I have worked in MANY childcare settings, as an aide and later as a preschool teacher. I've worked in three states and in another country and I've done in home daycare. I am not saying that all daycare is evil, and certainly most daycare teachers care about the kids, but there is no possible way to meet all the kids' physical AND emotional needs and keep them challenged and engaged. You need supplies, materials, sufficient adult presence, creativity, patience, space, money...it's a long list, to do it right. And no matter how thoroughly you investigate the childcare facility, there is NO way to know all that goes on. They will tell you that they have a certain ratio. What they will never, ever tell you is that in order to maintain ratios, they shuffle kids from room to room all day. And it's always the youngest kids, the ones who can't talk. So while you are thinking your 2 year old is having a blast doing arts and crafts (and that's what his pre-filled-out "Today I Did...." sheet says) he actually spent naptime and most of his afternoon in the infant room, where they put him in an exersaucer so he wouldn't step on the babies. When an infant teacher wants to go to lunch, to keep ratio, 4 babies have to get shuffled around. The two oldest are going into the toddler room, where walking, hair-grabbing one year olds are all over them, while the little ones sit in carseats in the director's office. This happens all the time. I used to work at a Goddard School, where parents pay half their salary for quality infant care, and although it was the cleanest and safest daycare I've worked at, the kids were no happier. And the babies still were left to CIO no matter what the parent requested, and they still trash talked the parents and other staff behind their backs.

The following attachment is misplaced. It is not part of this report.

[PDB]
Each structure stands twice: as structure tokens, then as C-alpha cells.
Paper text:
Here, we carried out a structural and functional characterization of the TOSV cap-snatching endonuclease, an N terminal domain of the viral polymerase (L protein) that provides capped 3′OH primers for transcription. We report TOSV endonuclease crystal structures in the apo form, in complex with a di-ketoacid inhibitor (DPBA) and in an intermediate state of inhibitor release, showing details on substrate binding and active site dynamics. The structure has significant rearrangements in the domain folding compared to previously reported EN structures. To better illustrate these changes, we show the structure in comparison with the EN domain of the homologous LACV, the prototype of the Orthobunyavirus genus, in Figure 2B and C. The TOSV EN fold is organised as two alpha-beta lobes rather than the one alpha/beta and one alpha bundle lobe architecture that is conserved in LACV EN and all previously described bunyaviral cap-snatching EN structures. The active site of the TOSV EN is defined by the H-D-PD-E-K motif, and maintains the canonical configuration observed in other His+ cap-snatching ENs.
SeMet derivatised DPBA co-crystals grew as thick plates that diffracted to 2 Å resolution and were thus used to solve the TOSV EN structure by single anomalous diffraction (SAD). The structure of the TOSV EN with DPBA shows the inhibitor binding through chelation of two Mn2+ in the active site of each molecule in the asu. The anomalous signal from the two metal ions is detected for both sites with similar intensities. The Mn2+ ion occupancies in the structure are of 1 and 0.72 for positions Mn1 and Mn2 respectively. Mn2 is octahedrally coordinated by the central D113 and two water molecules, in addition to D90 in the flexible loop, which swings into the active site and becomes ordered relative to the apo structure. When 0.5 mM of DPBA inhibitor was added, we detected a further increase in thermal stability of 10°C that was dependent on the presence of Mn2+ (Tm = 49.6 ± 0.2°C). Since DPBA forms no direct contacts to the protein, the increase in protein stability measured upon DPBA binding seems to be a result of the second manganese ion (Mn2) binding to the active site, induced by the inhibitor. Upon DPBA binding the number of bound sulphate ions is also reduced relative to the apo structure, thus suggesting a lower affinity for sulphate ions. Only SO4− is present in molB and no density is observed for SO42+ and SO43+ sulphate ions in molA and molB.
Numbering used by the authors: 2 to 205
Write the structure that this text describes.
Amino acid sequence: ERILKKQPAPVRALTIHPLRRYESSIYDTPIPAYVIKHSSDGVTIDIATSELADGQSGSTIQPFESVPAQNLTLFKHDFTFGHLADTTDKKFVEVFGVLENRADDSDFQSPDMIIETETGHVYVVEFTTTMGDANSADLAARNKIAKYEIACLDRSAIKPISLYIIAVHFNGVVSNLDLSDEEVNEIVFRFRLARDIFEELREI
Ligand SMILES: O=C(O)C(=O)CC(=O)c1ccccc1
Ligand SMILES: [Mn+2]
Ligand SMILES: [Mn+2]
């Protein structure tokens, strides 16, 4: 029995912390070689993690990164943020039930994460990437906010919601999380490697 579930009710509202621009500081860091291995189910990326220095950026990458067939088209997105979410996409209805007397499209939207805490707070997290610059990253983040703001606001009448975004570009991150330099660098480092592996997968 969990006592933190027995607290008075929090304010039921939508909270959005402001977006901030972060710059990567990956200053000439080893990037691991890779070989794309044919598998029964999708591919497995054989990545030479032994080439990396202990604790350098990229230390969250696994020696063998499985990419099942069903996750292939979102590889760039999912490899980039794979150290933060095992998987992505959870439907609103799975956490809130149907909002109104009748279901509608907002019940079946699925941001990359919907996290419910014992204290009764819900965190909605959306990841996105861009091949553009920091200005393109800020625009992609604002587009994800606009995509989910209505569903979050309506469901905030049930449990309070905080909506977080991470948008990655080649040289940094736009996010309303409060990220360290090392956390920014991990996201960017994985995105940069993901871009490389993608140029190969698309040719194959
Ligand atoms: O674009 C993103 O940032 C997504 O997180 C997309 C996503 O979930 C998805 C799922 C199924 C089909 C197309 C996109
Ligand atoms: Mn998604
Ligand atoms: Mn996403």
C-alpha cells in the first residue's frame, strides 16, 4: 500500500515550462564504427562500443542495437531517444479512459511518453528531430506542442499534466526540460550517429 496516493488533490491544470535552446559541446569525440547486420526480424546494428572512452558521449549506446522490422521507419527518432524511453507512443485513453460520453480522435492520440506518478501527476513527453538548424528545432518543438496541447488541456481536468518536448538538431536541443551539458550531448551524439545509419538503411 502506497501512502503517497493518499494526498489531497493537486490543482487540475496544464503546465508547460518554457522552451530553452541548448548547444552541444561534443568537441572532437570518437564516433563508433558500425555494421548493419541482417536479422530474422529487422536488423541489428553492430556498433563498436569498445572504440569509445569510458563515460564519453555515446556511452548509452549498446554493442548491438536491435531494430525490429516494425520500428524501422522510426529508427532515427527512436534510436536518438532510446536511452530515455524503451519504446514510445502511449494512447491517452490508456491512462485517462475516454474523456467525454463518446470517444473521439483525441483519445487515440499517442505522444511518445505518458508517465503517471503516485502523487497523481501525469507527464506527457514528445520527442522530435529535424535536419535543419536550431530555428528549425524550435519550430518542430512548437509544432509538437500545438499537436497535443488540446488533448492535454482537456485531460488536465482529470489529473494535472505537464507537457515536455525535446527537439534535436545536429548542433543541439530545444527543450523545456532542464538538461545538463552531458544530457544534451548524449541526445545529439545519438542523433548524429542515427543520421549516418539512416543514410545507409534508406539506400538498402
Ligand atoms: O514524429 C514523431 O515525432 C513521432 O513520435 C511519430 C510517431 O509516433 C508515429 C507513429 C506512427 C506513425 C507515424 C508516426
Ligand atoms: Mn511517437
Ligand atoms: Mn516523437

So yes, I consider it warehousing. I think part time daycare, a few hrs a week or whatever, can be beneficial for everyone, and I know that there are places where they care aout the kids. I don't think daycares are inhumanely cruel places of confinement or something. But when you have 4-15 kids to an adult, staying in basically one or two rooms all day with a little time in a fenced in, controlled outdoor environment, for 45-50 hours a week, which is what I was referring to, then yes, imo that is warehousing. I can't think of a single room in my house that would entertain my kids for 10 hrs a day. And I'm told we have a lot of fun stuff.....playdough, paints, art/craft supplies, puzzles, legos, etc. We'd go stir crazy!

 

Whenever I worked in childcare and it would get to be 4:45 or so, I'd start thinking "I'm really ready to get out of here now." And then I would think about the kids I was watching who still had another hour to go.